Ndyezika did not pass. I found myself crying at the news, crying for the blow to his confidence, crying for the injustice of this world where he has to struggle academically, crying to God “why this?” Ndyezika is subdued, but later in the evening he sent me a note saying that he knows that God loves him. So perhaps that is the answer to your prayers. And just as we got the news God sent a dear friend who was a church leader to comfort me and pray with both of us. Please do pray that he would not turn to things which can not satisfy to assuage his sense of failure. And for wisdom. The blow was somewhat muted by the fact that I had a long conversation with the lab school administrator who said only 20 of the 86 students did pass the exam, that the format and grading changed drastically this year and students nation-wide had difficulty. He encouraged us to send him back to school to repeat the second year and take the exam again.
Yesterday was a day of attack on many fronts. It came to light that the possibly rabid dog had bitten 8 not 4 people; the other 4 had gone to the district hospital and received no immunization, so yesterday they came to us. We had a total of 7 doses of vaccine from Fort Portal, but the full course for 8 people would be 40 doses. It sounds like an ethics class, but this was real. Who gets the vaccine? We opted for the two children to get the immediate dose, since the bite to the face was the most risky. Scott was meanwhile scrambling to obtain more doses in Kampala which should reach here tonight. As all this was happening I was getting desperate phone calls from Kabasunguzi Grace’s mother. She’s been languishing in the hospital (her picture is on our site) for more than 6 weeks now getting almost no care in the notoriously abysmal public hospital and wanted to come home. So Scott will bring her today, which feels like another defeat. As Scott was trying to get medicine and supplies in Kampala he was severely hampered by slow and incompetent work on our truck (which was fixed at the last minute yesterday by a different mechanic than the one that caused the problems) and record-breaking traffic in conjunction with Makerere University Graduation! And I was finding out that of my three sickest patients on the ward, two ran away to seek witch doctor advice because their parents feared that the cause was spiritual and their recovery too slow, and the third one died in the night. All were on our nutrition program. Of the two who ran away, one was a twin with severe dehydration that the staff and I had labored on for a long time that day to revive, and the other was a motherless baby with cerebral malaria getting good treatment but will also now probably die. Several team members are also sick, or discouraged by betrayals and thefts, or dealing with the stresses of life in the bush, and our hearts ache for them too.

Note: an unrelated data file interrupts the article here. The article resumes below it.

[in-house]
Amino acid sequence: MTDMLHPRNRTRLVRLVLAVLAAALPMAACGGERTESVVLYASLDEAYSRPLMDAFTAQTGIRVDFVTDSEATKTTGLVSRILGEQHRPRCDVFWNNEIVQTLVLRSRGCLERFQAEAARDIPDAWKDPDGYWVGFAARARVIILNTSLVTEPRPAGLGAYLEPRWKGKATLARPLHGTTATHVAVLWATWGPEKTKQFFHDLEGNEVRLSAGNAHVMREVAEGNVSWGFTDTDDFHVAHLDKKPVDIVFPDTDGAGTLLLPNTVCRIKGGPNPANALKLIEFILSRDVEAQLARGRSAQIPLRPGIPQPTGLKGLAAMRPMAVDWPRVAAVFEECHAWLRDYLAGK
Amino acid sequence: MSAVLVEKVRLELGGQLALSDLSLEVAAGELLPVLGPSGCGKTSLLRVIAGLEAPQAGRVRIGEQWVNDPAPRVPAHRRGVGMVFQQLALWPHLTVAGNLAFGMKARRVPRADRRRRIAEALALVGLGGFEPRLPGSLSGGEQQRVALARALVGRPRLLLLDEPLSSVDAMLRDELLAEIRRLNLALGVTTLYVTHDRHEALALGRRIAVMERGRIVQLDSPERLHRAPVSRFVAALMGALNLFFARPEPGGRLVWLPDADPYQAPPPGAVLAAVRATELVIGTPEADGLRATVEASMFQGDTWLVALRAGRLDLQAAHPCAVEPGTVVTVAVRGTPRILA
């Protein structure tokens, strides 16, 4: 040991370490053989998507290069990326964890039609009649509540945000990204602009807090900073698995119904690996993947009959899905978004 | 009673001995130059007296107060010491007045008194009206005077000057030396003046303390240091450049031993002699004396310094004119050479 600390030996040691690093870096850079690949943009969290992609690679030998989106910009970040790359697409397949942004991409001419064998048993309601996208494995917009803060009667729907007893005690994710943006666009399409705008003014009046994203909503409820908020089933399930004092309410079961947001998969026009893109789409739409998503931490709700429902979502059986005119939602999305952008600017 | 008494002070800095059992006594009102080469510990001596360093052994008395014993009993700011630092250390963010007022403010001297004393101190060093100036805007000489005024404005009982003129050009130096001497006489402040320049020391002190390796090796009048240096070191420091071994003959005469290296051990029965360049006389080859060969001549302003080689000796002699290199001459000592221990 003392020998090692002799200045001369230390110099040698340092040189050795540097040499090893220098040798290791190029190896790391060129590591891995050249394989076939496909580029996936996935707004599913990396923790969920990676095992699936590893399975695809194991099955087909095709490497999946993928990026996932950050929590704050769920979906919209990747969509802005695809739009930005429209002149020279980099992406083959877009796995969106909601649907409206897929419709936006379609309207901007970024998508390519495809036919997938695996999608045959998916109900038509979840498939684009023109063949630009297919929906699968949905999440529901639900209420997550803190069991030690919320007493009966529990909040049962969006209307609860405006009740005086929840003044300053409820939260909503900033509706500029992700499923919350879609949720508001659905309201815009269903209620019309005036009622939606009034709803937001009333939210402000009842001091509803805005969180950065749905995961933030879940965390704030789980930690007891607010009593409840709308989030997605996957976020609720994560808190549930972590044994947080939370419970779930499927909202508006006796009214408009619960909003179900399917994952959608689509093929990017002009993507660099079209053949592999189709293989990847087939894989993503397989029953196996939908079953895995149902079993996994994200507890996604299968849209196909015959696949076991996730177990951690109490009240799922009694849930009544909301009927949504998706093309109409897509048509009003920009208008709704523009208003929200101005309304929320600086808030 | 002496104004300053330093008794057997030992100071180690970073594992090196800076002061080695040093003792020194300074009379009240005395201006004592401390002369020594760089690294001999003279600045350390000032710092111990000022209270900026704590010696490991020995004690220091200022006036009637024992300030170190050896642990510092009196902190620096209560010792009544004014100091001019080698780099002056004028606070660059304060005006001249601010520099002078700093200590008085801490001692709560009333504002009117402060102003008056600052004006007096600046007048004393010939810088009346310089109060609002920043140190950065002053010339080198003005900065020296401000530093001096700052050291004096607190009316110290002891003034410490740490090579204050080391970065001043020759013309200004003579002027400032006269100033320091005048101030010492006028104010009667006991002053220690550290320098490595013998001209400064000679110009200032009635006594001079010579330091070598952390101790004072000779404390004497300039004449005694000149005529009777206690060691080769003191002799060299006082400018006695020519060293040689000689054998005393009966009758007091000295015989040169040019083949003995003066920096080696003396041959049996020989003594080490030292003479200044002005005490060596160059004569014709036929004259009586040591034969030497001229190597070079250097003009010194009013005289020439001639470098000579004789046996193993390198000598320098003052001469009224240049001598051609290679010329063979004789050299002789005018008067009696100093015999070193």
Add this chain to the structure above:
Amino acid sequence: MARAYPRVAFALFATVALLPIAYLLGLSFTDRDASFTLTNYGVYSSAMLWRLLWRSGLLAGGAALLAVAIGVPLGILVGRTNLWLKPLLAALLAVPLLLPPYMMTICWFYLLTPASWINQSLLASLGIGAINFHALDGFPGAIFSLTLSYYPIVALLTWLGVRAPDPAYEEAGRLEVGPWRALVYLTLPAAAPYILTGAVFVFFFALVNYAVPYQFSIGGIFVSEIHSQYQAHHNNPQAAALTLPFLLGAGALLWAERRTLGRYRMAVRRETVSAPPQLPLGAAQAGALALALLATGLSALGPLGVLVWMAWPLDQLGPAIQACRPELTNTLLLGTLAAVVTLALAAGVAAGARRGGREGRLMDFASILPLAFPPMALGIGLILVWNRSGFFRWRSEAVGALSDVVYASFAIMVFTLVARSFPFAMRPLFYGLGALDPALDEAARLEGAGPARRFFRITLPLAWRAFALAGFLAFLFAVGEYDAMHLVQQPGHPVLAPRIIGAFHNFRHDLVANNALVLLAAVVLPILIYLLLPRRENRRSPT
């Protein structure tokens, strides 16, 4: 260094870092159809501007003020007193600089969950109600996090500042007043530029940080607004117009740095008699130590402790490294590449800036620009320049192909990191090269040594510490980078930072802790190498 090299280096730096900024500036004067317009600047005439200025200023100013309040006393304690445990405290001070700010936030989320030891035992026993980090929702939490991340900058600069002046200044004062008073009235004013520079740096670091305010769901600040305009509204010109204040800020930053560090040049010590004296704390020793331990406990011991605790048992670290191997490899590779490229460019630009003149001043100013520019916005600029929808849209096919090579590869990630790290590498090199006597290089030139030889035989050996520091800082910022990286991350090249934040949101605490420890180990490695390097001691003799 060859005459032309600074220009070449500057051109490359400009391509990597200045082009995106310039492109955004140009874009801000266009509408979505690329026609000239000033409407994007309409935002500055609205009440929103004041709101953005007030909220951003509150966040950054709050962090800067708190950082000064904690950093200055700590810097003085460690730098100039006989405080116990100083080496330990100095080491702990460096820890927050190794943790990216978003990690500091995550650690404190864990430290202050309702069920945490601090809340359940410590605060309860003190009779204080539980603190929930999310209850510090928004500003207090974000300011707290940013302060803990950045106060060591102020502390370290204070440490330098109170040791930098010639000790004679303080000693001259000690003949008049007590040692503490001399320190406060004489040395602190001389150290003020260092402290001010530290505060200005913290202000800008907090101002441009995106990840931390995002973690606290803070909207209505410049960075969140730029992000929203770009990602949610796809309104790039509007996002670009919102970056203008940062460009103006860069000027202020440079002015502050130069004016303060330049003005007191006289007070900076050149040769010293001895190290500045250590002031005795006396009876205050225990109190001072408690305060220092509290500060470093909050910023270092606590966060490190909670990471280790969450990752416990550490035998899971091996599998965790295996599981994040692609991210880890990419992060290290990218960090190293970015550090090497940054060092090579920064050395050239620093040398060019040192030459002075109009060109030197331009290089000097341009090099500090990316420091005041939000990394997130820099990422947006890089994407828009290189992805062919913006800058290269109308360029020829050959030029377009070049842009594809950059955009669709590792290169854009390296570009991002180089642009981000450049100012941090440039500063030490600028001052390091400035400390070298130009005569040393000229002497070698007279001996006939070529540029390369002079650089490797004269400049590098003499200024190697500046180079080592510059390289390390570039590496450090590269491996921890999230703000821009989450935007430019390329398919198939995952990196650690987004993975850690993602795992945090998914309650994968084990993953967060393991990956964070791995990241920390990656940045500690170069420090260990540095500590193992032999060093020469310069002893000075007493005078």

So in short yesterday was a bad day. Last night the verses that came to mind were from 2 Corinthians 4:8-10 “We are hard pressed on every side, yet not crushed; we are perplexed, but not in despair; persecuted, but not forsaken, struck down, but not destroyed—always carrying about in the body the dying of the Lord Jesus, that the life of Jesus also may be manifested in our body.” I know our problems do not compare to those Paul is writing about. Still the truth somehow applies: in our struggle and weakness and disappointment and failure the life of Jesus can be seen tangibly. I would prefer to manifest glory by being right, wise, strong and victorious, but that does not seem to be God’s calling for us, not this week for sure. Today, a clinging to the hope, that suffering will be redeemed.